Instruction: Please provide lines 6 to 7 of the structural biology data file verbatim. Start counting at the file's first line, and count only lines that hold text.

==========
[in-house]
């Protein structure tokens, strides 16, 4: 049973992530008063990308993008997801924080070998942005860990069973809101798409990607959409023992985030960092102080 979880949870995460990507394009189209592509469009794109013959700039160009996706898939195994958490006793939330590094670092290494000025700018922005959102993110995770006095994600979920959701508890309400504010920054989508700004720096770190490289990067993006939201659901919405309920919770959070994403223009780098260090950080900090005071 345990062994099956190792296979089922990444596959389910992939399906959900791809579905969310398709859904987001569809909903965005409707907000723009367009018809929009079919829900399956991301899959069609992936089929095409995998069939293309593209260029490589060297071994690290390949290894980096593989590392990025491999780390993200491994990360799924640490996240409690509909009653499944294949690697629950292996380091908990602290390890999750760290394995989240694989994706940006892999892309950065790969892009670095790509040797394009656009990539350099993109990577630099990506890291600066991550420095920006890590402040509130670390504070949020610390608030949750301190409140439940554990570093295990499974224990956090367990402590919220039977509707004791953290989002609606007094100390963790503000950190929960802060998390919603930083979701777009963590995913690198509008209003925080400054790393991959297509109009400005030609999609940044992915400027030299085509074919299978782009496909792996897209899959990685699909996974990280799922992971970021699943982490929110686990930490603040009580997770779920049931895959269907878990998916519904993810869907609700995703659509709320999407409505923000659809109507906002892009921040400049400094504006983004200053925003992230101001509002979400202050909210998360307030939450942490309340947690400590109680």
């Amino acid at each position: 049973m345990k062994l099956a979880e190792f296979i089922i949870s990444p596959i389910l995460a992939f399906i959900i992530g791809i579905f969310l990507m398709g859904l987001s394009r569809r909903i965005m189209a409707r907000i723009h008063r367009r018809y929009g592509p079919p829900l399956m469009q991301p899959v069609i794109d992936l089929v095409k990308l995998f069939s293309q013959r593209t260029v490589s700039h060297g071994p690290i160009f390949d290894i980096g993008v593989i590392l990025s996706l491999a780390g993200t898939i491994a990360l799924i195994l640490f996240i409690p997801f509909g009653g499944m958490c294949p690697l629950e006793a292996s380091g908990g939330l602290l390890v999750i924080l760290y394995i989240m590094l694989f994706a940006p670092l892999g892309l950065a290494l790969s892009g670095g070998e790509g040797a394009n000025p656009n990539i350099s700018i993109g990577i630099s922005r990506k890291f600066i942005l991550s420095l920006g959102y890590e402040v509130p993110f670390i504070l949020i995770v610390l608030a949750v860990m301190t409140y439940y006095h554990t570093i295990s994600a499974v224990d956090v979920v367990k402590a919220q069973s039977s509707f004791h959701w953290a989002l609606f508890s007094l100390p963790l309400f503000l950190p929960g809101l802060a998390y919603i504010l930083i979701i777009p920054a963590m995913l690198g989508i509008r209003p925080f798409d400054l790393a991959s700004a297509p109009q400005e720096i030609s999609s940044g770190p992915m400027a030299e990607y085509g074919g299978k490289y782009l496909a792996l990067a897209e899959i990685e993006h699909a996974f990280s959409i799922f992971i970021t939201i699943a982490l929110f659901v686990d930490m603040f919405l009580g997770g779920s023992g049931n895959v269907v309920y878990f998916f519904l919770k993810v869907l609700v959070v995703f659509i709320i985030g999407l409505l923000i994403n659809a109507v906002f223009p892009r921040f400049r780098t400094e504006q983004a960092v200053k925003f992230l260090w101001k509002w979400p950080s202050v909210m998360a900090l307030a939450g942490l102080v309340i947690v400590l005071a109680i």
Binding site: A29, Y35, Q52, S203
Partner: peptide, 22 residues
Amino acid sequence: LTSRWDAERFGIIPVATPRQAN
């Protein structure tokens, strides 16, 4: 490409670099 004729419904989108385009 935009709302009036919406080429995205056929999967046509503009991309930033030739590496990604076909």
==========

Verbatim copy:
Amino acid sequence: LTSRWDAERFGIIPVATPRQAN
């Protein structure tokens, strides 16, 4: 490409670099 004729419904989108385009 935009709302009036919406080429995205056929999967046509503009991309930033030739590496990604076909």